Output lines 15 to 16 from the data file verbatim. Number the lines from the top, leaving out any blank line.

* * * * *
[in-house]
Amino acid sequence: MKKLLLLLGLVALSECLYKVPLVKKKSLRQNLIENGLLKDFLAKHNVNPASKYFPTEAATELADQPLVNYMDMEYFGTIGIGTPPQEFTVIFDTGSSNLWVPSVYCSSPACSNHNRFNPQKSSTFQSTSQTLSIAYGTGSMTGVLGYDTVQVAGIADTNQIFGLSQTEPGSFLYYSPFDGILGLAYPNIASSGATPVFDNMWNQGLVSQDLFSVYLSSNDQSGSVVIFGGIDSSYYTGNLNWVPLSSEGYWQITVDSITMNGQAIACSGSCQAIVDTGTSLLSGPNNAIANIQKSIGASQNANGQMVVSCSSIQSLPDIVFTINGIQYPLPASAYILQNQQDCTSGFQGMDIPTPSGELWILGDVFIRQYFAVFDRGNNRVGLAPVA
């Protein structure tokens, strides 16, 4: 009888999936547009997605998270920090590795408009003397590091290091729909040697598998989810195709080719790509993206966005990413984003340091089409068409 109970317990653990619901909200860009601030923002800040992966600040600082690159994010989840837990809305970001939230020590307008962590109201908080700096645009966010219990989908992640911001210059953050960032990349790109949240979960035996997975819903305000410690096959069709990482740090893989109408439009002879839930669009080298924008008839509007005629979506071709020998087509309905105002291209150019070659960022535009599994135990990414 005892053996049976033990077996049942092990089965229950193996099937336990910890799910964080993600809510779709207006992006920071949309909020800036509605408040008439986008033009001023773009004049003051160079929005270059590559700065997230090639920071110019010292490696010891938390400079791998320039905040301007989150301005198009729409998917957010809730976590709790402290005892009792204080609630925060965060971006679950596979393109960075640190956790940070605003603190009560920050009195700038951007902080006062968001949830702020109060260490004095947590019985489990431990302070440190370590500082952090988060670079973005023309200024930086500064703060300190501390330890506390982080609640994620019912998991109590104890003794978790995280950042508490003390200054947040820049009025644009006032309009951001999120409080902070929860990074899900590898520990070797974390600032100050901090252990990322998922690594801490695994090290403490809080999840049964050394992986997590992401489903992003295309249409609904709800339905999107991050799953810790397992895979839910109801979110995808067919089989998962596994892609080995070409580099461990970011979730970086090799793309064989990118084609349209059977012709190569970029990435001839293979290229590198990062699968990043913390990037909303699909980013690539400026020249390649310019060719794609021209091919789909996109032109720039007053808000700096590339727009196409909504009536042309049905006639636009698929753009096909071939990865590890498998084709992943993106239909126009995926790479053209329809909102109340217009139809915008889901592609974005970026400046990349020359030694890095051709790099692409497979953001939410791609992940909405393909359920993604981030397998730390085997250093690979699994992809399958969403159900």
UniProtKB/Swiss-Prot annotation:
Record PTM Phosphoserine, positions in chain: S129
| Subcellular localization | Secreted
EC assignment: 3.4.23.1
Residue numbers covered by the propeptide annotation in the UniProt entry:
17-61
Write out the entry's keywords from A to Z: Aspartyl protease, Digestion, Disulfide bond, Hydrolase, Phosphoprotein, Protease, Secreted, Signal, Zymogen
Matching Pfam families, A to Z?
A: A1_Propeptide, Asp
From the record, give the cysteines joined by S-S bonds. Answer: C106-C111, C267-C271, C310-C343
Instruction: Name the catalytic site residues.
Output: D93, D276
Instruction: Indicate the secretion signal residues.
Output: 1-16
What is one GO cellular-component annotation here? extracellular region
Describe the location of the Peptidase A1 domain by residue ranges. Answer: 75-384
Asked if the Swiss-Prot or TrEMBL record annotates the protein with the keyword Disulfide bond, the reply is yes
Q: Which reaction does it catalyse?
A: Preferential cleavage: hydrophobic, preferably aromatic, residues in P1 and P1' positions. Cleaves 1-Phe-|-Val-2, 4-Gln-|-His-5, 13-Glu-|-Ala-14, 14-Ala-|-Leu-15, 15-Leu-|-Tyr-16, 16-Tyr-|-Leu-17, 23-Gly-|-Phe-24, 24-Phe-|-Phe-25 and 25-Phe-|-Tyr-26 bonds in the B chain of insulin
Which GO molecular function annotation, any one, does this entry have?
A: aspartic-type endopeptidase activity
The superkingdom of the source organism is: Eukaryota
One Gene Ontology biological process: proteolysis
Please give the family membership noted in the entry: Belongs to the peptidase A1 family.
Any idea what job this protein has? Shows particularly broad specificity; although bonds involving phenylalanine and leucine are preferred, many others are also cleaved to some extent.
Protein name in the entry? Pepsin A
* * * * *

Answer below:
Output: D93, D276
Instruction: Indicate the secretion signal residues.